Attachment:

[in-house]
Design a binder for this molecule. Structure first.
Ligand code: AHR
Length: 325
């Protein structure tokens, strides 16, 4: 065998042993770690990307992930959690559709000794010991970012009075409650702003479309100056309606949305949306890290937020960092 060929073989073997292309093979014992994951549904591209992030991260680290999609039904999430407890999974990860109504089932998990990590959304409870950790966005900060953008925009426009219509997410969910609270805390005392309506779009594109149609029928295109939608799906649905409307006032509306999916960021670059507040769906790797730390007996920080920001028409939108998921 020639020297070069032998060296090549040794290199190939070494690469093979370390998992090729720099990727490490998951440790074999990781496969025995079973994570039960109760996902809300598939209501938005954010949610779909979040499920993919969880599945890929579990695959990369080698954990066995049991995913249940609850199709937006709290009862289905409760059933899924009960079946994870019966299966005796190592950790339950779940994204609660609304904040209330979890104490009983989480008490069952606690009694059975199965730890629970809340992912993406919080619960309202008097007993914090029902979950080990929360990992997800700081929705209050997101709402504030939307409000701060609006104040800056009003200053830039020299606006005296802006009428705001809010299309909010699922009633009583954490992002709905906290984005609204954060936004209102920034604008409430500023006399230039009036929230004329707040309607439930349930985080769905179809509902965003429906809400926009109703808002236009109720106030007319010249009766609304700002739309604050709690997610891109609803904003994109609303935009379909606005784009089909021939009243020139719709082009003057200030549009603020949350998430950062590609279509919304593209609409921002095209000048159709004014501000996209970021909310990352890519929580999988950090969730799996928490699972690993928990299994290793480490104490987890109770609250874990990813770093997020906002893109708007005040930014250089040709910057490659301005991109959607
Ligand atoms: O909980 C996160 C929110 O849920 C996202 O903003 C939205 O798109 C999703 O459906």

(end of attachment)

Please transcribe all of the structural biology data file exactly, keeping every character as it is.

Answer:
[in-house]
Design a binder for this molecule. Structure first.
Ligand code: AHR
Length: 325
């Protein structure tokens, strides 16, 4: 065998042993770690990307992930959690559709000794010991970012009075409650702003479309100056309606949305949306890290937020960092 060929073989073997292309093979014992994951549904591209992030991260680290999609039904999430407890999974990860109504089932998990990590959304409870950790966005900060953008925009426009219509997410969910609270805390005392309506779009594109149609029928295109939608799906649905409307006032509306999916960021670059507040769906790797730390007996920080920001028409939108998921 020639020297070069032998060296090549040794290199190939070494690469093979370390998992090729720099990727490490998951440790074999990781496969025995079973994570039960109760996902809300598939209501938005954010949610779909979040499920993919969880599945890929579990695959990369080698954990066995049991995913249940609850199709937006709290009862289905409760059933899924009960079946994870019966299966005796190592950790339950779940994204609660609304904040209330979890104490009983989480008490069952606690009694059975199965730890629970809340992912993406919080619960309202008097007993914090029902979950080990929360990992997800700081929705209050997101709402504030939307409000701060609006104040800056009003200053830039020299606006005296802006009428705001809010299309909010699922009633009583954490992002709905906290984005609204954060936004209102920034604008409430500023006399230039009036929230004329707040309607439930349930985080769905179809509902965003429906809400926009109703808002236009109720106030007319010249009766609304700002739309604050709690997610891109609803904003994109609303935009379909606005784009089909021939009243020139719709082009003057200030549009603020949350998430950062590609279509919304593209609409921002095209000048159709004014501000996209970021909310990352890519929580999988950090969730799996928490699972690993928990299994290793480490104490987890109770609250874990990813770093997020906002893109708007005040930014250089040709910057490659301005991109959607
Ligand atoms: O909980 C996160 C929110 O849920 C996202 O903003 C939205 O798109 C999703 O459906």